New Survey Reveals Reasons, Recovery Strategies, and Rankings in Tough Year for Technology Brands
New Bruised & Battered Brands Poll Finds Industry Slump Severely Hurt Top High-Tech Brands; Companies Must Regain Trust of Marketplace and Focus on Customers
SILICON VALLEY, Calif. (Dec. 17, 2001) – Global technology marketing executives are acutely aware that their industry’s top brands have suffered in 2001, and they’re willing to shoulder some of the blame, according to the results of a new survey study entitled The Bruised and Battered Brands Poll.
The poll results were released today by Liquid Agency, a premier San Jose-based technology brand marketing firm that fielded the study in conjunction with The Sausalito Group, a strategic intelligence company, and Neale-May & Partners, a strategic marketing and communications company.
The new report captures the opinions of more than 800 leading technology marketers in 17 countries and provides perspectives on what may be high-tech’s biggest “brand recession” ever. It also reveals the strategies for brand survival and recovery. Survey respondents ranked both the best and worst brand performances for technology companies and high-tech CEOs in 2001 and provided the most important brand revitalization strategies and Insights into brand leadership and letdown.
Survey Result Highlights
* 80 percent of marketing respondents strongly agree that the industry downturn has hurt technology brands.
* While financial losses and stock price depreciation were major causes for brand erosion, industry “hype” comes in a close third, according to respondents.
* Getting close to the customer shows up in two of the three top strategies for sustaining brand value in the current downturn.
* Public relations was identified as the most effective way to market and create demand for technology brands in a tight economic climate, followed by customer relationship management and brand advertising.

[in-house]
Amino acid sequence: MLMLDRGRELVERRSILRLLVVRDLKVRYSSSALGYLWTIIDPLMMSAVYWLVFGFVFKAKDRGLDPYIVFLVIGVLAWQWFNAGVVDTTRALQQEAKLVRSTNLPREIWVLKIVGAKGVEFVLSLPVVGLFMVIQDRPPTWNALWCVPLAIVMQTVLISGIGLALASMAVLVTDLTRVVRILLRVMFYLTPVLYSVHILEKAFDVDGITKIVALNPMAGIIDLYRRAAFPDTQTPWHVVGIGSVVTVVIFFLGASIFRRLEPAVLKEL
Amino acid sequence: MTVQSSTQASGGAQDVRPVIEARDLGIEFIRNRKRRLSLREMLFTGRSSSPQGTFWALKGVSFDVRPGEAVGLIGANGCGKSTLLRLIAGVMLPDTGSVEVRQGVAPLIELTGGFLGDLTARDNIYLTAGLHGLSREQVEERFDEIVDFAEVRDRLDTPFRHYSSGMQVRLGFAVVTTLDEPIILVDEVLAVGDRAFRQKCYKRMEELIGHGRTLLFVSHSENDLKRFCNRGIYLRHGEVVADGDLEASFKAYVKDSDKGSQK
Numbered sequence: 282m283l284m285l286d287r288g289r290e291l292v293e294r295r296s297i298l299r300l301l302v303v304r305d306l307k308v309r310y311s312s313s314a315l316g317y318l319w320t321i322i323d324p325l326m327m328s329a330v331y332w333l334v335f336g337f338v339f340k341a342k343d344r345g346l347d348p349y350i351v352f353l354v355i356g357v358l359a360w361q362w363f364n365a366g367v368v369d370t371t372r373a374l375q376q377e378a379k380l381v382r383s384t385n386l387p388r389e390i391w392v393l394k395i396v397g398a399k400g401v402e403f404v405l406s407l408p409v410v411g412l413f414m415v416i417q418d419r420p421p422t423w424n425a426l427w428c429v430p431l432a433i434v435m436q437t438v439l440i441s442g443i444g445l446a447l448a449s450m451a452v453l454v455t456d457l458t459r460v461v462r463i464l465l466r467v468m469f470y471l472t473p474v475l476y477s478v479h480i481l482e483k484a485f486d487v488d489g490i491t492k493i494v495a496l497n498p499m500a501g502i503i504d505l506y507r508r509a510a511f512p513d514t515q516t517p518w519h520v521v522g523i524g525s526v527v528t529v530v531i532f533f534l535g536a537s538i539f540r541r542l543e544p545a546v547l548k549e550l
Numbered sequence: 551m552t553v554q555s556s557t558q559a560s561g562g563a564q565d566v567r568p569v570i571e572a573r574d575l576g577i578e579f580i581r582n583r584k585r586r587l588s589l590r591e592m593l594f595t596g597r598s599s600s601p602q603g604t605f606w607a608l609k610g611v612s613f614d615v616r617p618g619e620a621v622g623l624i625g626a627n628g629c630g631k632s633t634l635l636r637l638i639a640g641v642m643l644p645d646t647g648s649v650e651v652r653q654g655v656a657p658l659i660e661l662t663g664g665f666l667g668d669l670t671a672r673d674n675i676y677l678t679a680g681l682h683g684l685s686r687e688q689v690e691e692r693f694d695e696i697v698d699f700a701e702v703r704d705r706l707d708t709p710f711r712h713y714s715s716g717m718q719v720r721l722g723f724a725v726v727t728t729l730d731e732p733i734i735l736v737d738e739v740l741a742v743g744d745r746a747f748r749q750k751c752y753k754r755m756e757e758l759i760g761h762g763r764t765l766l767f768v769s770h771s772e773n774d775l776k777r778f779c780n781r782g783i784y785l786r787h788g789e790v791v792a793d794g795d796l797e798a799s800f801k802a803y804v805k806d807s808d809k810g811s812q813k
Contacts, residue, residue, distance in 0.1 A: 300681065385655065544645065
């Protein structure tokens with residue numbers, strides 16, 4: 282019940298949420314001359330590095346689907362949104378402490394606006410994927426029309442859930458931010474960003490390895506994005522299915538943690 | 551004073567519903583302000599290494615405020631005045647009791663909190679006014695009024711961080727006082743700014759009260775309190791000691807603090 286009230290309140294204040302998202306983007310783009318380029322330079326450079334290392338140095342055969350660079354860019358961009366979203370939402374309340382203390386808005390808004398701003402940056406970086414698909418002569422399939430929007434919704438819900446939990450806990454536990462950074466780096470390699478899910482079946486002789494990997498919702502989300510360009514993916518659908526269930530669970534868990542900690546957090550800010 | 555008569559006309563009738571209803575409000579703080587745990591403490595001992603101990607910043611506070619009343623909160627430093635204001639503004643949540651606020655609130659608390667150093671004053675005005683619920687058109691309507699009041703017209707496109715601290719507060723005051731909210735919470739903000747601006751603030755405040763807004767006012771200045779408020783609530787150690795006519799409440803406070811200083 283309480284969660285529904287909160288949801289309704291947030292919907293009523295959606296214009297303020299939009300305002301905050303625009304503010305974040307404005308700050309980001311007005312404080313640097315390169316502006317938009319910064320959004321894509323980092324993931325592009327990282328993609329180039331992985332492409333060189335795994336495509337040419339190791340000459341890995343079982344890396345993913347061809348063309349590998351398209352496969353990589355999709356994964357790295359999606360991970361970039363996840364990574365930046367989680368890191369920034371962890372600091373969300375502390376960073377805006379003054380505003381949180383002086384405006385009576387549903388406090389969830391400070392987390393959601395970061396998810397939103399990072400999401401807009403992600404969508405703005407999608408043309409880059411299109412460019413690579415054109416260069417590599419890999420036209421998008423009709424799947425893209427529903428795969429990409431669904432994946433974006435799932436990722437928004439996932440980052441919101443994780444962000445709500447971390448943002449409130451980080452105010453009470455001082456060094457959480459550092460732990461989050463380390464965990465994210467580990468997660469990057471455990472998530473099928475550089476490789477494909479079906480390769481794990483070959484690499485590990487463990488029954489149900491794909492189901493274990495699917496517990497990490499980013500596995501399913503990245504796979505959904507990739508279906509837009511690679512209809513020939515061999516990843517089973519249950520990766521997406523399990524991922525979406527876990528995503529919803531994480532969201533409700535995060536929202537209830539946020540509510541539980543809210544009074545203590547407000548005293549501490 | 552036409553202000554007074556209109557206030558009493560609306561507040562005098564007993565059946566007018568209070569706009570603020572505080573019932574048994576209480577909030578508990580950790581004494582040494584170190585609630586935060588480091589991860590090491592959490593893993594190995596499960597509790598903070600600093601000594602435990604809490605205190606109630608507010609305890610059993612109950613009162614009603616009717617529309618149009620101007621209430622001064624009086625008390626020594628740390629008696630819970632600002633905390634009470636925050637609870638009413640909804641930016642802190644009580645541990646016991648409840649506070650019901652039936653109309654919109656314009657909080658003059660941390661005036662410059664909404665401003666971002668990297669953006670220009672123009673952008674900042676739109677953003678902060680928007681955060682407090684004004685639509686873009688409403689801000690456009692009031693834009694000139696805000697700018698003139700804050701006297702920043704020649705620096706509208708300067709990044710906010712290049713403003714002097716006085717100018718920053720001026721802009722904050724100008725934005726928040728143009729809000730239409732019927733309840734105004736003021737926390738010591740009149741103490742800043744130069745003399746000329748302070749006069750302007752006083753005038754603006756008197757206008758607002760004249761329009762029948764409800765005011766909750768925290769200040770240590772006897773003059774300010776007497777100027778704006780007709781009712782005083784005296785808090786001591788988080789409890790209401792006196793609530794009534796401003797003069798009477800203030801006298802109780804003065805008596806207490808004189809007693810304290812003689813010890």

* Bill Gates of Microsoft and Larry Ellison of Oracle showed up in the top three list of CEOs who best personify their company brands and the top three list of those who most damaged or compromised their brands in 2001.
* Marketers ranked the top three technology CEOs that best personify their brands as 1) Bill Gates, 2) Larry Ellison and 3) Michael Dell.
* They ranked the top three CEOs who most harmed their brands in 2001 as 1) Carly Fiorina, 2) Larry Ellison and 3) Bill Gates.
* The three companies voted as having best maintain brand value in 2001 were Microsoft, IBM and Dell.
* The three technology companies voted worst at maintaining brand value were HP, Compaq and Cisco, and all three decreased in market value over the same period.
“This year has highlighted more than any other the need among technology companies to embrace a brand business strategy,” said Alfredo Muccino, Creative Director at Liquid Agency. “The results of the study reflect that brands can be compromised by a litany of business problems, and as such branding needs to become more of a boardroom issue in the strategic business decision process.”
Brand Building and Recovery Strategies
The poll, completed by over 700 technology marketers in the U.S. and abroad showed that two of the top three rated strategies for sustaining brands in challenging times involved customer relationship building. At the same time the respondents found that it’s more important than ever to reduce confusion about what the brand stands for, build credibility, and speak with a clear consistent voice that communicates real differentiation.
“We believe that due to technology’s legacy to engineering and the focus on features, technology brands have primarily focused on innovation or performance as opposed to building relationships based on trust and confidence,” said Muccino. “The fact that many technology marketers are emphasizing growing and nurturing the relationship with key customers seems to be a reflection of a growing awareness that brands are built over time by taking care of customer’s real needs and concerns and by being consistent with the brand essence and values.”
Respondents rated trust as the overwhelming critical element of CEO branding, followed by market insight and vision and demonstrated leadership.
In terms of representing their corporate brands, some CEOs elicited both good and bad reactions, suggesting that CEO brand visibility can lead to strong positive or negative brand swings (or both). For example, Microsoft’s Bill Gates and Oracle’s Larry Ellison clearly are polarizing the industry, with both executives ranking among the top three CEOs who best personify their companies’ brands and that most compromised their brands in 2001.
On Larry Ellison, one poll taker wrote, “Oracle is much like him: brash, loud, and immensely optimistic, even in the face of insurmountable odds.”
Michael Dell was also ranked among the top three CEOs who best personified their brands, but didn’t weigh in as an executive who damaged his brand.